In the next phase the child will then take credit for superhuman deeds and make excuses for why those deeds did not reach the correct outcome.
"After receiving your communication, we have dedicated an extraordinary amount of time to reviewing the facts surrounding this situation. Importantly, ES&S, at the time of our Manufacturing Registration to the EAC, made a deliberate and thorough effort to complete the EAC's Manufacturing Registration. There was never any intent by ES&S not to disclose or to misrepresent any portion of the registration information."
We guess they just forgot to mention it.
Then the child will find an around-about means of admitting the facts even though they are already well known by this time.
"Regarding the Manila facility, Pivot International of Lenexa, Kansas, is the prime manufacturer for ES&S' iVotronic system, various sub-components for the iVotronic, and the ES&S Model 100 optical scanner. ES&S and Pivot have a longstanding relationship dating back to 1998. Pivot sub-contracts and oversees the final assembly of the iVotronic and M-1oo to Teletech Telesystems, Inc. ("TTI"), in Manila, Philippines, and has done so since 1998."
After finally admitting to the facts, the child will then ask questions in order to make it seem that they did not understand the rules in the first place. Again a means of trying to point the blame elsewhere. Of course, they should have asked at the outset if there was any confusion about those rules.
In this case, the child (ES&S), feigning confusion about those rules, asks for clarification of what they fully understood in the first place, before finally asking questions that become more and more childish as they ask them.
"In order for ES&S and the other voting system manufacturers to provide the EAC with an adequate level of information, it is important for us to get clarification from the EAC, at minimum, on the following general questions:
1. Do we only list the final assembly facilities?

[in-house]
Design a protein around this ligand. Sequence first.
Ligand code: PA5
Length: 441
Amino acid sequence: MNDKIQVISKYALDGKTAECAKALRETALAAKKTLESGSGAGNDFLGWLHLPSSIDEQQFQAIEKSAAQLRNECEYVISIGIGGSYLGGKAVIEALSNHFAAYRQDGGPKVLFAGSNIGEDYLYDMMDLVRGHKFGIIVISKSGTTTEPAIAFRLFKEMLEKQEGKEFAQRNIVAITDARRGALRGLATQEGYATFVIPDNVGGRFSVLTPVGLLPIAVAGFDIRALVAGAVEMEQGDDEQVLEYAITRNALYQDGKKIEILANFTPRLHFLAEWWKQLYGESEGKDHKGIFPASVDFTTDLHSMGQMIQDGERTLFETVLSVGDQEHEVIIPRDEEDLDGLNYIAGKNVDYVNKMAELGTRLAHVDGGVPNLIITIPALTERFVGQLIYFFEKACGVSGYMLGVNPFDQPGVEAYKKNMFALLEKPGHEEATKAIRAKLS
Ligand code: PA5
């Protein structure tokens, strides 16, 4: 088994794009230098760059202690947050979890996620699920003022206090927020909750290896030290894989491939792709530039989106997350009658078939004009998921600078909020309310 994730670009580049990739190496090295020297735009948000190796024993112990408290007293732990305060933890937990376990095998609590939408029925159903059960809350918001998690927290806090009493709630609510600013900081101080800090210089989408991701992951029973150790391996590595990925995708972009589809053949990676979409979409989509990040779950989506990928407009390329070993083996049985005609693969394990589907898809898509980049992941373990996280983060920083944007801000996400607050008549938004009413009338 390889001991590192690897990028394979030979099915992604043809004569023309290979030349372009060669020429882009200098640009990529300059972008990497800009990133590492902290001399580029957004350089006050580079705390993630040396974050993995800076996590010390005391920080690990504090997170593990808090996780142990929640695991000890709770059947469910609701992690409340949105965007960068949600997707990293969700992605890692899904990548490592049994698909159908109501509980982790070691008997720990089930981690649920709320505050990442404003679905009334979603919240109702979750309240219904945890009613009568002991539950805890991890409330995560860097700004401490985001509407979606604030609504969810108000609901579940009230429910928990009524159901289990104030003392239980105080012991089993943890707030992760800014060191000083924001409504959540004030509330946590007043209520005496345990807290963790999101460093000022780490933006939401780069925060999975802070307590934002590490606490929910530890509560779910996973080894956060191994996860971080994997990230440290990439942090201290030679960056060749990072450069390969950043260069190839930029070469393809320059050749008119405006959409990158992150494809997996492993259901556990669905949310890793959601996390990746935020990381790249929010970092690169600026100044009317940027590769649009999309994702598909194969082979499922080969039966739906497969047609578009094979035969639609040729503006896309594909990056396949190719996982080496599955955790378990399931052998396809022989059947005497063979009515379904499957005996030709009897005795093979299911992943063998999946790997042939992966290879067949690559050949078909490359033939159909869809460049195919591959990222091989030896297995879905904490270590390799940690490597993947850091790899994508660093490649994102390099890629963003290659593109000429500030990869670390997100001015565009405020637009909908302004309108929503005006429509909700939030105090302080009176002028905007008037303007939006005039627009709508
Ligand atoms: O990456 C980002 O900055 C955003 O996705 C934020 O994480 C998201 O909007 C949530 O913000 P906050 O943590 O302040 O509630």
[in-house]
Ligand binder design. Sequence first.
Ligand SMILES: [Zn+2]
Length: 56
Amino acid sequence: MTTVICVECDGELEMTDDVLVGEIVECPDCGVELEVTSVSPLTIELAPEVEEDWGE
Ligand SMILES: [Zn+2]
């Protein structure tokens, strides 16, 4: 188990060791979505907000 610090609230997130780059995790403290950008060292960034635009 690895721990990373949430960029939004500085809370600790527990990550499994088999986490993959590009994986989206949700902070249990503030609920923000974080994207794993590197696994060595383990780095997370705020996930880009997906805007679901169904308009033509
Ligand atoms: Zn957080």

2. Do we list all sub-assembly facilities? And components manufacturing facilities?
3. Are we required to list all COTS equipment manufacturers and/or assembly and sub-assembly facilities?
4. Are plastic modeling facilities and sub-contractors meant to be included in this requirement?
5. Does this requirement only pertain to current and future manufacturers and/or assembly facilities? Or, do you want historical lists looking back to before the EAC's certification responsibility?
6. Does the requirement include previous manufacturers and/or assembly facilities as in the case of Pivot International's use of the Manila facility? Is so, how far back?"
And how did this recalcitrant child-like company end their letter? Why, they gave the EAC a list of exactly what they were supposed to have provided the EAC in the first place when they submitted their "Manufacturing Registration", of course.
So they blamed everyone else, stomped their feet, asked childish questions, then gave the information that was requested long ago and which would have remained a mystery had not one journalist bothered to show up and do the job of being a watchdog for the people.
And the "parental figure", the EAC smiled, patted the child on the head, agreed to clarify the requirements and thanked the child for giving up the information that was requested in the first place. That letter is here [PDF].
Perhaps it's time to send ES&S to their room for a time-out?